whitmore3) William Elliott Whitmore – I first saw William Elliott Whitmore at the Maintenance Shop in Ames back when I was a sophomore at Iowa State, most likely 2005 or 2006. His voice alone stopped me in my tracks, and his rendition of “Ain’t No Sunshine” remains etched in my memory as one of the most powerful musical displays I’ve witnessed. Since then, the great Iowa troubadour has been writing, recording and touring relentlessly. His most recent album, Kilonova, came out on Bloodshot Records, the scrappy Chicago indie responsible for some of my favorite alt-country of the last decade. His smoky blend of folk, blues and country all wrapped up in a punk rock attitude and old-soul vocal delivery is absolutely essential listening for Iowa music fans. Whitmore’s side project with Dave Zollo, Middle Western, is worth your time too!

pietabrown2) Pieta Brown – Iowa City-based Pieta Brown is the one artist on this list I have never seen live, but I’ve listened to both of her most recent albums – Paradise Outlaw and Postcards – extensively. Her crystal-clear vocals, her literary-yet-immediate songwriting and the haunting atmospherics of her recordings combine to give her work a quiet, swirling depth that’s easy to get lost in. In an interview, Brown explains that the inspiration for “Rosine,” my favorite composition of hers, came to her in a dream about Bill Monroe. The more I thought of it, the more a dream about the ghost of one of Appalachia’s greatest musicians seems like the perfect image to accompany Pieta Brown’s music.

joe and vicki1) Joe and Vicki Price – I’ve often heard people describe Robert Johnson’s guitar playing as if it sounds like two guitarists rather than just one. I’d argue that Iowa blues legends Joe and Vicki Price sound like two guitars being played by a single, unified mind – with tone that would make Hound Dog Taylor blush. And their live show is an absolute joy to behold. Their warmth and humor draw the audience in to make everyone feel like they’re at a party with all their best friends. I never tire of watching the way Joe stomps and slides his feet around with all those irresistible rhythms. Listen to “High Blood Pressure” from their 2015 album Night Owls to get a sense of what I’m talking about.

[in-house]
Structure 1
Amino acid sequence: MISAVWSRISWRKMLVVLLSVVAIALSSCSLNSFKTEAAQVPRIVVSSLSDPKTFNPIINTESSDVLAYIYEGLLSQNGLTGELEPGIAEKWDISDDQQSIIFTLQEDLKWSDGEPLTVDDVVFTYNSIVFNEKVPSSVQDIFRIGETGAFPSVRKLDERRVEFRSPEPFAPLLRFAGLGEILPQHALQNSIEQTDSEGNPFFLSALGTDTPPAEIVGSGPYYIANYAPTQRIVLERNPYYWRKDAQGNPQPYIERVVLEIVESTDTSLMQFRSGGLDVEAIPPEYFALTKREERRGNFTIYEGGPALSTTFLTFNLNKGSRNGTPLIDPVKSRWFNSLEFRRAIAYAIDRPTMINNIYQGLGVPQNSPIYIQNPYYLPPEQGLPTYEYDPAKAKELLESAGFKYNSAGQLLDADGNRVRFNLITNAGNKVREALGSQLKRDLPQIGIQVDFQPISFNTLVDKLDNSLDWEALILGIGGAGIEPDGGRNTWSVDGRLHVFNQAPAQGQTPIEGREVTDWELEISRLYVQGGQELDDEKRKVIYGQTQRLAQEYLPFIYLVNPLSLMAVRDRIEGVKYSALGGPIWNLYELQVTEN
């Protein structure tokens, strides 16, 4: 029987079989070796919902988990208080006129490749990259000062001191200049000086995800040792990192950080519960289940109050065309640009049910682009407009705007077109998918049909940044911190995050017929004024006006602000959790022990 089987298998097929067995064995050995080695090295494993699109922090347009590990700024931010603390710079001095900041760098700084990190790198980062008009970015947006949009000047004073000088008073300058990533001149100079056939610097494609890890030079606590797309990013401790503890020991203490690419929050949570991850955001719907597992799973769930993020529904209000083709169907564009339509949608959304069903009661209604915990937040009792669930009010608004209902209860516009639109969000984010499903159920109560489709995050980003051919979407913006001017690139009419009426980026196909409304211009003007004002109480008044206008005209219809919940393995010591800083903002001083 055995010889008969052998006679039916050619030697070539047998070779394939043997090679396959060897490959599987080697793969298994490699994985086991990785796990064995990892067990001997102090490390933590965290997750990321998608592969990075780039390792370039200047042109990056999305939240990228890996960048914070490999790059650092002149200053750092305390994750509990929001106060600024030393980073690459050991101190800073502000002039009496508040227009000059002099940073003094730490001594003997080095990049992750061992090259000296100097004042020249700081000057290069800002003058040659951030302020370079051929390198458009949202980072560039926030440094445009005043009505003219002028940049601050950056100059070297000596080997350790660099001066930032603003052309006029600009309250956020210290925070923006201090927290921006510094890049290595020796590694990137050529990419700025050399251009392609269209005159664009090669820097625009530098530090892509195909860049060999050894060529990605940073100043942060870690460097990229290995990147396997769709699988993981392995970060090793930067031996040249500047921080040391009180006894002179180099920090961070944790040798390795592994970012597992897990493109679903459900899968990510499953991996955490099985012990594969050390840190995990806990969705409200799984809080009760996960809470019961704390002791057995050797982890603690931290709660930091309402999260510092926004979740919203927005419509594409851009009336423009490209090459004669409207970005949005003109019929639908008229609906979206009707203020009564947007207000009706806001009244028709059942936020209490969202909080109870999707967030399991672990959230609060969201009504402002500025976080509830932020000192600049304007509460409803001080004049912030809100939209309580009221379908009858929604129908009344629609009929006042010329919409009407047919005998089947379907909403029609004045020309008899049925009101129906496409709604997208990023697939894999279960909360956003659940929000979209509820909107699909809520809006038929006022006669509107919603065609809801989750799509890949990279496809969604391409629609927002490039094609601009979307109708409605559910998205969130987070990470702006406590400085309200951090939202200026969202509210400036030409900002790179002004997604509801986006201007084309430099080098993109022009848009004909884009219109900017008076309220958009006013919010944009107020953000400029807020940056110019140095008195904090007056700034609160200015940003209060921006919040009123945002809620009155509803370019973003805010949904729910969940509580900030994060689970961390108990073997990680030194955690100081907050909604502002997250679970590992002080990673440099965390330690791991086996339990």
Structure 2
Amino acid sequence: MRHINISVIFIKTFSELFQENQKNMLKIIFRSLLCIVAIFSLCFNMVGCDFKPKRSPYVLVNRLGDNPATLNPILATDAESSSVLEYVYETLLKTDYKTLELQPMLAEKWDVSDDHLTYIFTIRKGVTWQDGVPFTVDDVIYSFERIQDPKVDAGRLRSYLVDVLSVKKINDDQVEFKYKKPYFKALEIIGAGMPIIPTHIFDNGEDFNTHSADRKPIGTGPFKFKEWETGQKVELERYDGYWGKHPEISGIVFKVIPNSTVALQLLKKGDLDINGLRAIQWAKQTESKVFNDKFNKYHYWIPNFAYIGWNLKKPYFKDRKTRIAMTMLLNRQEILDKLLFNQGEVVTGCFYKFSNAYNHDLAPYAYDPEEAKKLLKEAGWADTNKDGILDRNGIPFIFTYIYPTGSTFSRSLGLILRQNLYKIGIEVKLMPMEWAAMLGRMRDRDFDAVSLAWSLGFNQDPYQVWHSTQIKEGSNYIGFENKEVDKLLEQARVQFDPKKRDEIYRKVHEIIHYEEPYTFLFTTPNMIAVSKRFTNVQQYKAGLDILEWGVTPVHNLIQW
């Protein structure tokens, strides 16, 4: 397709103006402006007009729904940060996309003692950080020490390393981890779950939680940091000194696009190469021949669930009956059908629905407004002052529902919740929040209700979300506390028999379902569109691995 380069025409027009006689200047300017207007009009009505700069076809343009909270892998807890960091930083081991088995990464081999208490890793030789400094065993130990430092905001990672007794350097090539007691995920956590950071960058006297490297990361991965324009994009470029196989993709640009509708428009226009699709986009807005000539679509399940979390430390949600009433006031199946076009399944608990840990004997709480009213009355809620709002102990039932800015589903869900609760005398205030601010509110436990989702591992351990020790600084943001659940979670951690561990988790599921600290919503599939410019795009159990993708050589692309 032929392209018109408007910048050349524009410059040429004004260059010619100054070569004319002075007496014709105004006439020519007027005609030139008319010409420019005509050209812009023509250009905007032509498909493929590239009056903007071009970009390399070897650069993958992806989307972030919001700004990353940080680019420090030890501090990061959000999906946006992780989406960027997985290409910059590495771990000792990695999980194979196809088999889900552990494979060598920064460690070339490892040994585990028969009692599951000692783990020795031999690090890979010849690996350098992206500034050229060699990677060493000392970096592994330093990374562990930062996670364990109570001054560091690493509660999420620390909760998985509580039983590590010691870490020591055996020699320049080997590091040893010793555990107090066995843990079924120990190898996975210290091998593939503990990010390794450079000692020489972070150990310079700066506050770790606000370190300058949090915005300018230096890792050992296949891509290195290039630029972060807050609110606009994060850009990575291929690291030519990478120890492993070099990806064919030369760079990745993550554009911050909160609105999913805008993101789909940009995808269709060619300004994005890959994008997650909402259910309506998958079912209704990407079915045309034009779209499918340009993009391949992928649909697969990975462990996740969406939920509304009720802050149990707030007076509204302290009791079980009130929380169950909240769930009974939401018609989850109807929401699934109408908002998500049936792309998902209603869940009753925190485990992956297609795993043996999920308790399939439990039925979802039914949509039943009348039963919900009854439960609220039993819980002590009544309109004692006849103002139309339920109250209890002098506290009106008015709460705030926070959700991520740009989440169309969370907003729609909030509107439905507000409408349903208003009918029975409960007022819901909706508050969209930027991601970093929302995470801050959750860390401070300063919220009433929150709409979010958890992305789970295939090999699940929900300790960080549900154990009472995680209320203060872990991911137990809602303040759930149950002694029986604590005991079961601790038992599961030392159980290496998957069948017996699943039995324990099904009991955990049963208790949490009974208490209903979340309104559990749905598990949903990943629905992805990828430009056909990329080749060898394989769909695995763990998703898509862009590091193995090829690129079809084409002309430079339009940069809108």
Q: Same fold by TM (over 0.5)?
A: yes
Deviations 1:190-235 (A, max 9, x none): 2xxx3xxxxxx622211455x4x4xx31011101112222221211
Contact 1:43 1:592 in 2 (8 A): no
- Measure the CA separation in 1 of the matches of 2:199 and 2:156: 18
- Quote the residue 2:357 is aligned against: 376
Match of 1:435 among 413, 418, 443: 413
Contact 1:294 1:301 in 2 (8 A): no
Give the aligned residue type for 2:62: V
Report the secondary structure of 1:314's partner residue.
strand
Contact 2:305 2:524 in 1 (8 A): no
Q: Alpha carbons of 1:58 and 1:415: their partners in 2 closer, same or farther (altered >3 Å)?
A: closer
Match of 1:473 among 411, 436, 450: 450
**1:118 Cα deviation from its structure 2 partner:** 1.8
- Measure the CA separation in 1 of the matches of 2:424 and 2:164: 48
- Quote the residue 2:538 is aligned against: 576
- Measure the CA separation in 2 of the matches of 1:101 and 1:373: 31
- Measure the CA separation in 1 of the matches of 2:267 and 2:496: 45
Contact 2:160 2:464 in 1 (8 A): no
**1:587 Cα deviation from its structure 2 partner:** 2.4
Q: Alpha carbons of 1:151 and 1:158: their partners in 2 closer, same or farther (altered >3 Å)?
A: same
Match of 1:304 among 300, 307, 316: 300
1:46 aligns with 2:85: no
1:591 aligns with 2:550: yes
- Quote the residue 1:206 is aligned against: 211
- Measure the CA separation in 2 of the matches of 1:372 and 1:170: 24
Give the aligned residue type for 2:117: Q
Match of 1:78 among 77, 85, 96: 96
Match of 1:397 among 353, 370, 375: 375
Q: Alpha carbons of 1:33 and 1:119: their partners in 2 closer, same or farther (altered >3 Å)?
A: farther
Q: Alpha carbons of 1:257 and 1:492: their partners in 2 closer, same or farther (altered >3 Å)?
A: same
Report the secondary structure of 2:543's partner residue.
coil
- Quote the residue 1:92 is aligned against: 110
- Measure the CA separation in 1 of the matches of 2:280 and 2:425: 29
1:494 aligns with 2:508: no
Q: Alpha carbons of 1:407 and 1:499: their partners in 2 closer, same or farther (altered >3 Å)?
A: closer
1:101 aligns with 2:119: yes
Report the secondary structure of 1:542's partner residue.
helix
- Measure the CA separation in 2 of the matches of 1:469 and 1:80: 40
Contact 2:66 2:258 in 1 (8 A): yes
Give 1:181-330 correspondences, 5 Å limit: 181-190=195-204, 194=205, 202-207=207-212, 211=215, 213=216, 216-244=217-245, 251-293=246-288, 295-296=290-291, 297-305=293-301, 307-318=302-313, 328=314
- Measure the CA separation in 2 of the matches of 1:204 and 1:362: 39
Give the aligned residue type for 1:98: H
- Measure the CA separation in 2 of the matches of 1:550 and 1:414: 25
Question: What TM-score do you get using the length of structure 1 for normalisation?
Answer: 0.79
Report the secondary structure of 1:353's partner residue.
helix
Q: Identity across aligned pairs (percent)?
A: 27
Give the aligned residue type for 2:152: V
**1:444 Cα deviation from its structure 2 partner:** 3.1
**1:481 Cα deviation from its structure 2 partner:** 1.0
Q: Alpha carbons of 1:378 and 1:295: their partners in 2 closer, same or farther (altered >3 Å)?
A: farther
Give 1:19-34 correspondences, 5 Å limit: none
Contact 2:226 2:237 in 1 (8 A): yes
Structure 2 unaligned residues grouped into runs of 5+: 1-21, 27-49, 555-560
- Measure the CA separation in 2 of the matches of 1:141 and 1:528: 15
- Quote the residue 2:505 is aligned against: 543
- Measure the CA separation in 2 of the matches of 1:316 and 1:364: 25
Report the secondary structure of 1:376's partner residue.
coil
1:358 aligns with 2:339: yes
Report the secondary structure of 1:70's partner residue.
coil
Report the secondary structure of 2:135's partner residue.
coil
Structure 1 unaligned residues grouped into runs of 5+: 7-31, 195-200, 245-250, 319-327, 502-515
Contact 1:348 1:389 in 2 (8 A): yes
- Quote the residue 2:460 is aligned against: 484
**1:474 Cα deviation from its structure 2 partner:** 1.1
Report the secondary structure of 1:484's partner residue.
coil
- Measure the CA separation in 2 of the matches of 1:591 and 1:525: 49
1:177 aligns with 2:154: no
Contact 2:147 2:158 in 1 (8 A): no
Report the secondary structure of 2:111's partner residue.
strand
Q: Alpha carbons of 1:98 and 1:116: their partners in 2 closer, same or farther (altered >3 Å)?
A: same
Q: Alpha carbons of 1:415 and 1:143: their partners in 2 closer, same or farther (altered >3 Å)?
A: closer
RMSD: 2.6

Maximum Ames Music Festival: The most DIY punk rock thing I do

If you’re reading this, then you’re most likely a music fan living somewhere in or near Iowa. Or, you’re my mom or my wife or a friend reading this blog out of some sense of obligation. In either case, I want you to read carefully. Please go to your calendar or your planner or whatever app you use on your phone to keep track of all your plans and reserve the four days from Sept. 5 through Sept. 8. Plan to be in Ames during that time with your gnarliest pair of party pants because the 2019 Maximum Ames Music Festival is going to change your life.

It’s already changed mine, and it’s still six months away.

Lionessa performs at London Underground last Sunday during the Maximum Ames/Ames Pride date reveal party.

Last year, I volunteered to handle some of the promotion, communications and social media for the 2018 Maximum Ames Music Festival, then in its eighth year. The experience turned out to be one of the most inspiring, life-affirming grassroots efforts to which I’ve ever contributed, and this year’s festival promises to be even better. We just announced the date of the 2019 festival last Sunday at London Underground on Main Street in Ames. It was a ferocious party with Free the Snakes and Lionessa providing live music (look them up!), but that’s a story for another time.